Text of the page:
Jesus also, that he might sanctify the people with his own blood, suffered outside the gate.  Therefore, let us go forth to him outside the camp, bearing his reproach.  For we have no continuing city here, but we seek one to come.


Going to Jesus

Daily Thoughts

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Thought for the Evening


From the Lessons from Isaiah series

The burden of Babylon which Isaiah the son of Amoz did see. . . . I have also commanded my sanctified ones; I have called my mighty ones for mine anger, even them that rejoice in my highness. . . . Behold, I will stir up the Medes against them. . . .
Isaiah 13:1, 3, 17

This is one of those wonderful, mysterious chapters from the prophets in which God used situations, people, and events contemporary with the prophets, or nearly so, as springboards to launch into a prophecy of events that would transpire much, much later.

The earthly events of which Isaiah was prophesying here had to do with the destruction of the earthly empire of Babylon by the fierce nation of the Medes. And as Isaiah was being moved by the holy Ghost to speak of the Medes’ destruction of Babylon, the Spirit suddenly turned that prophecy into one of the return of Jesus to reign with his saints over the earth for a thousand years. In this prophecy of Babylon’s fall at the hands of the Medes, Isaiah speaks of the sun being blackened and the moon and stars not shining; he speaks of God punishing the whole world, of God shaking the heavens and moving the earth out of its place. And all this is wedged in between God’s warning that he has selected the Medes to destroy the Babylonian Empire and that Babylon would remain desolate forever!

When reading prophecies such as this one, we have to read carefully to determine which verses apply to Christ and which apply to the ancient nations and their issues. In verse three, God says that He has given commandment to His “sanctified ones”. Since to be sanctified means to be made holy, we know that the “sanctified ones” referred to in Isaiah 13:3 are God’s people, not the unbelieving hordes of the Medes, a polytheistic, Gentile nation. It would be very difficult to think of the heathen nation of the Medes, though anointed to destroy Babylon, as being holy, a sanctified people in the sight of God.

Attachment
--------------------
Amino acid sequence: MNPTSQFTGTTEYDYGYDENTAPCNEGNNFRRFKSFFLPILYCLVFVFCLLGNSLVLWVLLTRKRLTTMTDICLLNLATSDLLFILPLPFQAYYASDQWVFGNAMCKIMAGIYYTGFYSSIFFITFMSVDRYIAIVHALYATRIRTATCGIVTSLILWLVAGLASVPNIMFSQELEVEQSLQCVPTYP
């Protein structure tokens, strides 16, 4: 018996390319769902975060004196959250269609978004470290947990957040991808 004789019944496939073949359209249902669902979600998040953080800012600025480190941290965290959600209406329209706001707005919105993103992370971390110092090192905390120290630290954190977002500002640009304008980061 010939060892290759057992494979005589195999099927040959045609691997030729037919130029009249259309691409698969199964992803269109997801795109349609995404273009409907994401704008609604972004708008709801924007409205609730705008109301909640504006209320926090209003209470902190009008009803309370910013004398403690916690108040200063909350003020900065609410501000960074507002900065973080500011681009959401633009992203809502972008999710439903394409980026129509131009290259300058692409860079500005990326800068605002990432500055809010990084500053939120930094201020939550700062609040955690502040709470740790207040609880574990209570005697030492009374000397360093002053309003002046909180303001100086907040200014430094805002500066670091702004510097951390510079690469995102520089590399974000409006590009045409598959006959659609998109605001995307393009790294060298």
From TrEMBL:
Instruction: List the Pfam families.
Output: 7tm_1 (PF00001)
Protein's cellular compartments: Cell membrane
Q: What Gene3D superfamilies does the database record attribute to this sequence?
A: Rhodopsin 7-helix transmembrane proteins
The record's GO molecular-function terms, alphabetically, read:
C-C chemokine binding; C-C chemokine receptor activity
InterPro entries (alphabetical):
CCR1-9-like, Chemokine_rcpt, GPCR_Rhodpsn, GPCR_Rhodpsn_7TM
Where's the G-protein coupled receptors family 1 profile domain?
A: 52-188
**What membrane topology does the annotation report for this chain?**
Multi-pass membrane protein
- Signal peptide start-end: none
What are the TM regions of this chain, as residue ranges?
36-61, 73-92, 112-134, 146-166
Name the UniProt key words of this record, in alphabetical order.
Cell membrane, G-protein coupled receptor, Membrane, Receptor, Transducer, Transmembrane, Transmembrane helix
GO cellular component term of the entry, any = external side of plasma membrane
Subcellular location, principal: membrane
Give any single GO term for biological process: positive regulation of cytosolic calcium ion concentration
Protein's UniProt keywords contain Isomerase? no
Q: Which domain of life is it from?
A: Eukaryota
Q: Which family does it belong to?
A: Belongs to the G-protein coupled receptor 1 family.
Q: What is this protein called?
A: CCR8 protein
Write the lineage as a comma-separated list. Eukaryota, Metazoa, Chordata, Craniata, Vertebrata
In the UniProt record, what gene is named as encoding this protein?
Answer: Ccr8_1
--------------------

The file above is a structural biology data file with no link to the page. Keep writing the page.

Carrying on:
Concerning your 11-22 TFE on “His Sanctified Ones”, in the last paragraph .... didn’t God sanctify nations for His purposes at times - such as what God did for Babylon, or for the Assyrians (in sanctifying Babylon to destroy Judah, and Assyria to destroy Israel)? I was wondering if God perhaps DID sanctify the Medes in a sense, to destroy that nation that destroyed HIS nation and was lifted up with pride to drink out of the holy vessels, etc. (Babylon). The Medes and their king did do some kind things to Israel along the way (story of Esther) - so I was wondering if it might be possible that God did for them what He did for Nebuchadnezzar and for the king of Assyria when they repented and actually did sanctify them for His purposes.




I had to look hard for any reference to God sanctifying anything or anyone outside of His people and covenant, but when I looked for every use of the Hebrew word that is translated “sanctify” or “make holy”, I was able to find some verses in which that Hebrew word appears in relationship to heathen nations, although in the KJV, that word is not translated as “sanctified” but as “prepared”.

In Jeremiah 22, God is warning His own people that He will punish them for their unfaithfulness to Him by sending a foreign power to overthrow the nation. He said (Jer 22:7) that He would “prepare destroyers against you”. On two other occasions, speaking of destruction decreed by God against Babylon, we find the same thing (Jer. 51:27, 28). (This is real “holy war”, when God decrees destruction and anoints nations to inflict His punishment on a particular nation.)

Joel also uses this term “prepare war” in reference to the gathering of the Gentile nations for the apocalyptic battle of Harmageddon mentioned in Revelation.

So, yes, there are places in the Bible where the Hebrew word for “to sanctify” is used with reference to God’s choosing of certain nations to destroy others, or in the case of Harmageddon, God’s choosing them to be destroyed. But it is clear that those heathen nations were not made holy as Israel was by God’s choosing them and setting them apart for His purposes.

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